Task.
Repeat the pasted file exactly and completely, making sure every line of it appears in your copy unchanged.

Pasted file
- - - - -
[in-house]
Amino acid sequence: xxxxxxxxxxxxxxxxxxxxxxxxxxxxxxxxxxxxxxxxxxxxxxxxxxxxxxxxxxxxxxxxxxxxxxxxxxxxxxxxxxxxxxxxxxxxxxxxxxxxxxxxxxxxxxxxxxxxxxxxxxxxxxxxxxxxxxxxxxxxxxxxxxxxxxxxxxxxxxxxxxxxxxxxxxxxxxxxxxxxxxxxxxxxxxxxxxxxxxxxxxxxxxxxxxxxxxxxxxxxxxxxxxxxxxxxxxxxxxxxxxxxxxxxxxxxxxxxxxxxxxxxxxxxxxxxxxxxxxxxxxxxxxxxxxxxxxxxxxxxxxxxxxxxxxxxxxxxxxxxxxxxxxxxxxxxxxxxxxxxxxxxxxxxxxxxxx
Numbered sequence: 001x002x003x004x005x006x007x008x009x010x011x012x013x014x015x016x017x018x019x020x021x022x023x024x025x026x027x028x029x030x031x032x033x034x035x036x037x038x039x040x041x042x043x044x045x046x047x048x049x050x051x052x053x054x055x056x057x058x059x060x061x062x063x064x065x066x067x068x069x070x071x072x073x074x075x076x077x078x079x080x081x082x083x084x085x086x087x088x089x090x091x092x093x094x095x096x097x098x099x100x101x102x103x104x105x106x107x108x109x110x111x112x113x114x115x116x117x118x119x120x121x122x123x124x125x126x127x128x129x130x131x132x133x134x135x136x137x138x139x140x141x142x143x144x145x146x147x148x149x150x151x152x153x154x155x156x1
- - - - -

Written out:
[in-house]
Amino acid sequence: xxxxxxxxxxxxxxxxxxxxxxxxxxxxxxxxxxxxxxxxxxxxxxxxxxxxxxxxxxxxxxxxxxxxxxxxxxxxxxxxxxxxxxxxxxxxxxxxxxxxxxxxxxxxxxxxxxxxxxxxxxxxxxxxxxxxxxxxxxxxxxxxxxxxxxxxxxxxxxxxxxxxxxxxxxxxxxxxxxxxxxxxxxxxxxxxxxxxxxxxxxxxxxxxxxxxxxxxxxxxxxxxxxxxxxxxxxxxxxxxxxxxxxxxxxxxxxxxxxxxxxxxxxxxxxxxxxxxxxxxxxxxxxxxxxxxxxxxxxxxxxxxxxxxxxxxxxxxxxxxxxxxxxxxxxxxxxxxxxxxxxxxxxxxxxxxxx
Numbered sequence: 001x002x003x004x005x006x007x008x009x010x011x012x013x014x015x016x017x018x019x020x021x022x023x024x025x026x027x028x029x030x031x032x033x034x035x036x037x038x039x040x041x042x043x044x045x046x047x048x049x050x051x052x053x054x055x056x057x058x059x060x061x062x063x064x065x066x067x068x069x070x071x072x073x074x075x076x077x078x079x080x081x082x083x084x085x086x087x088x089x090x091x092x093x094x095x096x097x098x099x100x101x102x103x104x105x106x107x108x109x110x111x112x113x114x115x116x117x118x119x120x121x122x123x124x125x126x127x128x129x130x131x132x133x134x135x136x137x138x139x140x141x142x143x144x145x146x147x148x149x150x151x152x153x154x155x156x1